In the past, wine only came in glass bottles and with traditional corks. Or, rather, this is the only way they were acceptable. Wines that came in jugs or boxes with spouts on the end were looked at as inferior, with no real purpose but to put quantity over quality with cheap wine inside. Eventually, new alternative forms of packaging emerged like Tetra Paks, kegged wine, pouches, metal bottles, stelvin wine closures and synthetic corks, and more. All of these are practical in the right application and many of them offer great wines. Free Flow Wines, for instance, offers some of your favorite Napa Valley wines in kegs across the country.
Many of these alternative packaging options also offer convenience, which make these wine options popular among the younger wine drinking crowd. One alternative packaging offering was so popular for one small winery that they made it a mainstay in their production lineup. Oregon’s Union Wine Company introduced a canned wine at the Portland’s Feast 2013 Food & Wine event as a promotional idea centered around the “beerificiation of wine” trend. It was such a hit that they decided to bring it to market Spring of 2014.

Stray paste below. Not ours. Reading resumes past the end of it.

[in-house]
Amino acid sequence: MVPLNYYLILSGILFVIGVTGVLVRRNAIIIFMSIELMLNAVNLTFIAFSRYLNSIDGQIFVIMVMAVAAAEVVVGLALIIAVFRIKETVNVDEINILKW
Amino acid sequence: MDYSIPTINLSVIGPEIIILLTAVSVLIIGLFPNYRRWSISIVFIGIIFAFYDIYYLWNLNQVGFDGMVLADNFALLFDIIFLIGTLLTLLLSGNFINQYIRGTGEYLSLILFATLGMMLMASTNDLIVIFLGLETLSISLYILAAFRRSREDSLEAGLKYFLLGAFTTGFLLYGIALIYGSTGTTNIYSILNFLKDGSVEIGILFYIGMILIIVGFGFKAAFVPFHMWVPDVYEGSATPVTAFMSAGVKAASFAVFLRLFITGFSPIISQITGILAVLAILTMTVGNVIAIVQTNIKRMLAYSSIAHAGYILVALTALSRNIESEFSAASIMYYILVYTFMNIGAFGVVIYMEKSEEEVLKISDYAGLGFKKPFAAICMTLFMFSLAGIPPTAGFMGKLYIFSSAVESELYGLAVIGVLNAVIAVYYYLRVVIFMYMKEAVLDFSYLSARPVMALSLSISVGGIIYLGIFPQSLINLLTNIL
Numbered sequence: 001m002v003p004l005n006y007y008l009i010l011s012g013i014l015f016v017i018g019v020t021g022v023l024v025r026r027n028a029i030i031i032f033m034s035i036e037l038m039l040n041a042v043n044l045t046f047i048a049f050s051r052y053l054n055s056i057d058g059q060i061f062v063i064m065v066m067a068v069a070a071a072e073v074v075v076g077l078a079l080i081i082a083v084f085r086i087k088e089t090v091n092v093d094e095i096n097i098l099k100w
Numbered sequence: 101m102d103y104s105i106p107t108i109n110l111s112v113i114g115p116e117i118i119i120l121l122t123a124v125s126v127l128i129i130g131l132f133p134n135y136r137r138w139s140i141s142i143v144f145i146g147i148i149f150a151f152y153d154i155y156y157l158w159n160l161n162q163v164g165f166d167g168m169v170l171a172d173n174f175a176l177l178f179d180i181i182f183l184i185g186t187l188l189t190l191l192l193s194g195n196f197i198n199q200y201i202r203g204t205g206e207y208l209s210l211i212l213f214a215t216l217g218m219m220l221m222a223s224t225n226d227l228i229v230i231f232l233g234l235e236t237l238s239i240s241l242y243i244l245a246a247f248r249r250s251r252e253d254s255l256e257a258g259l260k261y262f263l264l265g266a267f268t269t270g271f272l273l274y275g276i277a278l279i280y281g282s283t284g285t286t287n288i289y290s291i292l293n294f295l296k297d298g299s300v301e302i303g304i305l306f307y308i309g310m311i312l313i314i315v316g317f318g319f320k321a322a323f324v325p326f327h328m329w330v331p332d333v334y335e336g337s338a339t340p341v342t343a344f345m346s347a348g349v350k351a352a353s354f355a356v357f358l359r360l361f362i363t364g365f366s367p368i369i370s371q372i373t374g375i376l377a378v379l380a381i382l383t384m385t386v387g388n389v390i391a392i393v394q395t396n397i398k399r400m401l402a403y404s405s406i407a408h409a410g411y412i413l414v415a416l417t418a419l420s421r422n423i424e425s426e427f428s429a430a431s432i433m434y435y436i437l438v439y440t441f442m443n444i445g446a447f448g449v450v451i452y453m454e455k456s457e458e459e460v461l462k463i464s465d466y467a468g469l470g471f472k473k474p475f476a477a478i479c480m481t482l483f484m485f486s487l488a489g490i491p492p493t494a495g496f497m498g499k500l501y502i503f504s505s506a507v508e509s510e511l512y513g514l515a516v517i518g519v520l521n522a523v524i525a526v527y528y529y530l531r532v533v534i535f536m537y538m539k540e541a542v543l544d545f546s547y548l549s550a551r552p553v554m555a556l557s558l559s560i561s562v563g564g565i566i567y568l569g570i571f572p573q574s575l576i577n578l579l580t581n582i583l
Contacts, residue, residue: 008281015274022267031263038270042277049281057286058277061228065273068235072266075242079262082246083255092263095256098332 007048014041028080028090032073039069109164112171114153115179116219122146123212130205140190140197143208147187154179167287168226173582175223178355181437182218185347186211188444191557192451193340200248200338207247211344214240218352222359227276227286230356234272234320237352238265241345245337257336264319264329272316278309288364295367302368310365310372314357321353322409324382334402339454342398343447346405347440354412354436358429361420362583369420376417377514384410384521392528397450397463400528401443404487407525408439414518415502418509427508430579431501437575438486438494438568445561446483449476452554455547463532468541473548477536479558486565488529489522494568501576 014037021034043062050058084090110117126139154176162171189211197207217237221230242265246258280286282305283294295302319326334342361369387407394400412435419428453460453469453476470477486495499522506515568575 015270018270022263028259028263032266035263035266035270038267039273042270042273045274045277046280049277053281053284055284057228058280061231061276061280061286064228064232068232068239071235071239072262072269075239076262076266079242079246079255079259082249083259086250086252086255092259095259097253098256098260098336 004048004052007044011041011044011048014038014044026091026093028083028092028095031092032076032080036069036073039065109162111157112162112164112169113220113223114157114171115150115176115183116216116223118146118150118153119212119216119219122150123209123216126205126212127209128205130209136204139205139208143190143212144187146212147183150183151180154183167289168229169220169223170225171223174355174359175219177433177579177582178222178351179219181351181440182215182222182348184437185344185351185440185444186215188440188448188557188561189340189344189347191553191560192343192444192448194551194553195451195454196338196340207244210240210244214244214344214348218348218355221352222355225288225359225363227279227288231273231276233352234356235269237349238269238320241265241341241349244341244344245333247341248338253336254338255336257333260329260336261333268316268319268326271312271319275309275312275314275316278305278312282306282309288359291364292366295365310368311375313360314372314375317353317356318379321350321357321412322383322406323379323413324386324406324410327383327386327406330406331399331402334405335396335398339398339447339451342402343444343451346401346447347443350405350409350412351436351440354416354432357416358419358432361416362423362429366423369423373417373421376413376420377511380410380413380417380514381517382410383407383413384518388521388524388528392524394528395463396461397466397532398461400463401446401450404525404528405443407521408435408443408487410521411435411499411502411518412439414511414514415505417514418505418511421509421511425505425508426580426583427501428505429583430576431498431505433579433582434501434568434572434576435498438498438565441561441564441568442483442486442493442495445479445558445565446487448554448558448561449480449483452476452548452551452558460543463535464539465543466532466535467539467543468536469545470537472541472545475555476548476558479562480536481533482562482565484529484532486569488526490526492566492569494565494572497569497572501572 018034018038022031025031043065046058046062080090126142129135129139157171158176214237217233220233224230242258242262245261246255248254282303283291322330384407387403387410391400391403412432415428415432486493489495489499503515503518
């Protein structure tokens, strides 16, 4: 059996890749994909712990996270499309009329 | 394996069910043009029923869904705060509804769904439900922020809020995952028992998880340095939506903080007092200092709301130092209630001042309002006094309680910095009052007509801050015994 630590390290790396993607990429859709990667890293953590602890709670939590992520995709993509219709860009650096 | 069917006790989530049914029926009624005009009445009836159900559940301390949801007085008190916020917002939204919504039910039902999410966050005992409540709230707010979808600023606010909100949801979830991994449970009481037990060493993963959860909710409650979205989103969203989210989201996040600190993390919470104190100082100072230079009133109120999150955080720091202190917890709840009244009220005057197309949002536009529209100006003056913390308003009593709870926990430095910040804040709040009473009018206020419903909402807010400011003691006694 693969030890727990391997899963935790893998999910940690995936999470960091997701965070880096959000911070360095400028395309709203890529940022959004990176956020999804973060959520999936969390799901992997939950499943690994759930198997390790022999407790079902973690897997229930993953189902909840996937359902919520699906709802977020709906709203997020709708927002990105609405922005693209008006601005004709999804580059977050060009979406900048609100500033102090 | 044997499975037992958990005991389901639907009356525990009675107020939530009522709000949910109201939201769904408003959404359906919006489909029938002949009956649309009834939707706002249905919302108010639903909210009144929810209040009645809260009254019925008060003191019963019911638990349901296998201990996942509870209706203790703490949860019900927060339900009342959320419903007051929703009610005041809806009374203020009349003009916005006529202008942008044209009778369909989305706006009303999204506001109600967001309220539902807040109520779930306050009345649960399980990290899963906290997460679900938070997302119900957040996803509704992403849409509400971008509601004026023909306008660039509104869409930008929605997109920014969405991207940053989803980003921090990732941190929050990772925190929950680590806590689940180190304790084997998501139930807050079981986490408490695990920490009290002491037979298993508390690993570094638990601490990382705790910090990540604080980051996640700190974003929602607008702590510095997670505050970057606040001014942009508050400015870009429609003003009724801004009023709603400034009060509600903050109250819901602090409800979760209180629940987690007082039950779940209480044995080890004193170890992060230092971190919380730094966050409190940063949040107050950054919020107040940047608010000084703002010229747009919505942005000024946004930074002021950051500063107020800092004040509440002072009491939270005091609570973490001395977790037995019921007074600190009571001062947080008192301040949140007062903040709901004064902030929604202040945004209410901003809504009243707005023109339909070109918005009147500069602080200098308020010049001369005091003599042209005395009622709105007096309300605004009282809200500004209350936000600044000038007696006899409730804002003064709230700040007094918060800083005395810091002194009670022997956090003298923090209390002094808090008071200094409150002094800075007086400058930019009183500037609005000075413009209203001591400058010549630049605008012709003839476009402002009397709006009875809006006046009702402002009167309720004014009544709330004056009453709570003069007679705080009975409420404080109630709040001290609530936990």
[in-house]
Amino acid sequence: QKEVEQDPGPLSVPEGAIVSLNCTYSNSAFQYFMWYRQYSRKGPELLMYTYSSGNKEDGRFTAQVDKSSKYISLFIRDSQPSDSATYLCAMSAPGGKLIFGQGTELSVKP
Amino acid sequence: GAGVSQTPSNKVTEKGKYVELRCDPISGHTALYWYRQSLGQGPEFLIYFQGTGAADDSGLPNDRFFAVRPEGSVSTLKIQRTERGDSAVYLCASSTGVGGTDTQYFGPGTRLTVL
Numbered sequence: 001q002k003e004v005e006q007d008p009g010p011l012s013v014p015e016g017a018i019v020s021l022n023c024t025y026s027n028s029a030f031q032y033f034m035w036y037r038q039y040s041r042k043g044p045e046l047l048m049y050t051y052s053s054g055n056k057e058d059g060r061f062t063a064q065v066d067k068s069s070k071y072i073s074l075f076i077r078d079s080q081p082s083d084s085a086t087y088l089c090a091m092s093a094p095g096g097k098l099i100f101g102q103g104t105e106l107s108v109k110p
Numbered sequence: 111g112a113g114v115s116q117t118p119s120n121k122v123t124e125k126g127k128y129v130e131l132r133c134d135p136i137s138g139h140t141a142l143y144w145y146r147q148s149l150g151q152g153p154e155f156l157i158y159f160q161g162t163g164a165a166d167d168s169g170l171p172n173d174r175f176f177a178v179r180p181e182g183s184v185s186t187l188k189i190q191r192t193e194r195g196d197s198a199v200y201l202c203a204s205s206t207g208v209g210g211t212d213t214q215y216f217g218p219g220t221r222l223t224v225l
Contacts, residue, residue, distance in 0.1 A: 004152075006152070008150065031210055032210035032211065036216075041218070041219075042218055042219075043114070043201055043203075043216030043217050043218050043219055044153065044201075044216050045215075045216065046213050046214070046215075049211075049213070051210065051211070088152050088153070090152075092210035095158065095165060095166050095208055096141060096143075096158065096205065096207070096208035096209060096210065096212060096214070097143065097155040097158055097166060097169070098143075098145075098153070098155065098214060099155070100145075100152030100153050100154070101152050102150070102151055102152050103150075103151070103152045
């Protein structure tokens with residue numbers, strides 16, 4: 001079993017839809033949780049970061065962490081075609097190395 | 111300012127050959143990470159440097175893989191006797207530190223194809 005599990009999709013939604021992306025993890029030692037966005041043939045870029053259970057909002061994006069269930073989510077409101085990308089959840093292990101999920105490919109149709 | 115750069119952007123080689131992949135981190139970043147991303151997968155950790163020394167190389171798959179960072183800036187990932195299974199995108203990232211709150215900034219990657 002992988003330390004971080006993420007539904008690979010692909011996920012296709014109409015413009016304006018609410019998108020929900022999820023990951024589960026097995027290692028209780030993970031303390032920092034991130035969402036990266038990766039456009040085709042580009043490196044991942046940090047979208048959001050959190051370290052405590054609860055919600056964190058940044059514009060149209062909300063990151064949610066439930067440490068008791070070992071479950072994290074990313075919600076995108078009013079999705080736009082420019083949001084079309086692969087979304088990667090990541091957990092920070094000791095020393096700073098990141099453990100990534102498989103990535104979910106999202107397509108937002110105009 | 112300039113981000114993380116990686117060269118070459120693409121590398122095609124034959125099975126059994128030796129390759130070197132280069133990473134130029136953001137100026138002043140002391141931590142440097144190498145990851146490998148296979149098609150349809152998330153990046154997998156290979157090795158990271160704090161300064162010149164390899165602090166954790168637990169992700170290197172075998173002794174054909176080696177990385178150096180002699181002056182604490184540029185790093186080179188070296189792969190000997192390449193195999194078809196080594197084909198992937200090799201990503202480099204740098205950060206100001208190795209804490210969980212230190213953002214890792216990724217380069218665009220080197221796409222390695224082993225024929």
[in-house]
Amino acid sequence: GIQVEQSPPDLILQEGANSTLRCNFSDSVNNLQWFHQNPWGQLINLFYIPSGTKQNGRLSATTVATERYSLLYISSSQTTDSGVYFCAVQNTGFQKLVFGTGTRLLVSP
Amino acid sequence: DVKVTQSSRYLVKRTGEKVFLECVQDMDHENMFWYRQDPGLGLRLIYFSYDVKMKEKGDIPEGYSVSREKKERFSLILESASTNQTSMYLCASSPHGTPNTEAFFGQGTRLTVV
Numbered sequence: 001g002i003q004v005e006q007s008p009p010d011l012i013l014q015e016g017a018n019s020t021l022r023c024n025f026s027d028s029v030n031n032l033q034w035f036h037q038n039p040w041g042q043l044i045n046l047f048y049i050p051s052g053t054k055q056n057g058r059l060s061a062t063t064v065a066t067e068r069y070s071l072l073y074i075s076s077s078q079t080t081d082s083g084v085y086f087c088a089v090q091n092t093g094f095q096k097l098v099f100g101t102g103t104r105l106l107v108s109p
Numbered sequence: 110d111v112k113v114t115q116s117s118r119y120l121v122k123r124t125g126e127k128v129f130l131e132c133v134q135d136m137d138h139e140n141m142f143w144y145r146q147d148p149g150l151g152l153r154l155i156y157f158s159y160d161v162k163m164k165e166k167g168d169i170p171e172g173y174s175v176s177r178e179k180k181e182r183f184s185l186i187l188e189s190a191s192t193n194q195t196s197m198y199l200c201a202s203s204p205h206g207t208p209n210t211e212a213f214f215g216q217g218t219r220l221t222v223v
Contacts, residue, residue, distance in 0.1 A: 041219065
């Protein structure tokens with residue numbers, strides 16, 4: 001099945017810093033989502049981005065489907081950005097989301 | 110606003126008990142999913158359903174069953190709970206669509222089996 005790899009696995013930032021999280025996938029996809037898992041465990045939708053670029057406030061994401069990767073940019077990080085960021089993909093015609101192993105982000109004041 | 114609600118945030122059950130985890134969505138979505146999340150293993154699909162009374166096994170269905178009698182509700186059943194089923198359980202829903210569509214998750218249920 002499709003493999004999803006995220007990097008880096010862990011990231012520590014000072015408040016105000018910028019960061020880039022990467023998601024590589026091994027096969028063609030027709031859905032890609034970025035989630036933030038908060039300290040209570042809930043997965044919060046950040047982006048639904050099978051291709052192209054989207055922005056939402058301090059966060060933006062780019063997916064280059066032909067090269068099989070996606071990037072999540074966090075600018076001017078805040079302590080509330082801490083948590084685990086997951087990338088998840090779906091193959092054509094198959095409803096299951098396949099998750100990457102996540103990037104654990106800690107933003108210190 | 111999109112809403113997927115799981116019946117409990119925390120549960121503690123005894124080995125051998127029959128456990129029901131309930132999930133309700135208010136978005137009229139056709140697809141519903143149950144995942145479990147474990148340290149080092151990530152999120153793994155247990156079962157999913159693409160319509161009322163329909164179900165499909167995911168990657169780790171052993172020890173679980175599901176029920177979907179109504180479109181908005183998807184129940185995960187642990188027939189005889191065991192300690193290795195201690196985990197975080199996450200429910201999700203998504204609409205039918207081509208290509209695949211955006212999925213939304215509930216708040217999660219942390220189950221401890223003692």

Union Wine Company offers two wines in 375mL cans from their Underwood lineup; a pinot noir and a pinot gris. I’ve tried both and both are great. What do they taste like? Well, they taste like … wait for it … wine! Cans of any beverage, be it soda, beer, or wine, often get a bad rap for its contents tasting “metallic.” The truth is that aluminum cans have a very thin lining inside that prevents its contents from actually touching the metal, which is important for something like wine that has a good amount of acidity, to prevent any possible reaction from happening inside the can.
For your next picnic, day at the beach, or even nice relaxing dinner at home, give wine outside the confines of a glass bottle a chance and see if it can’t change your mind.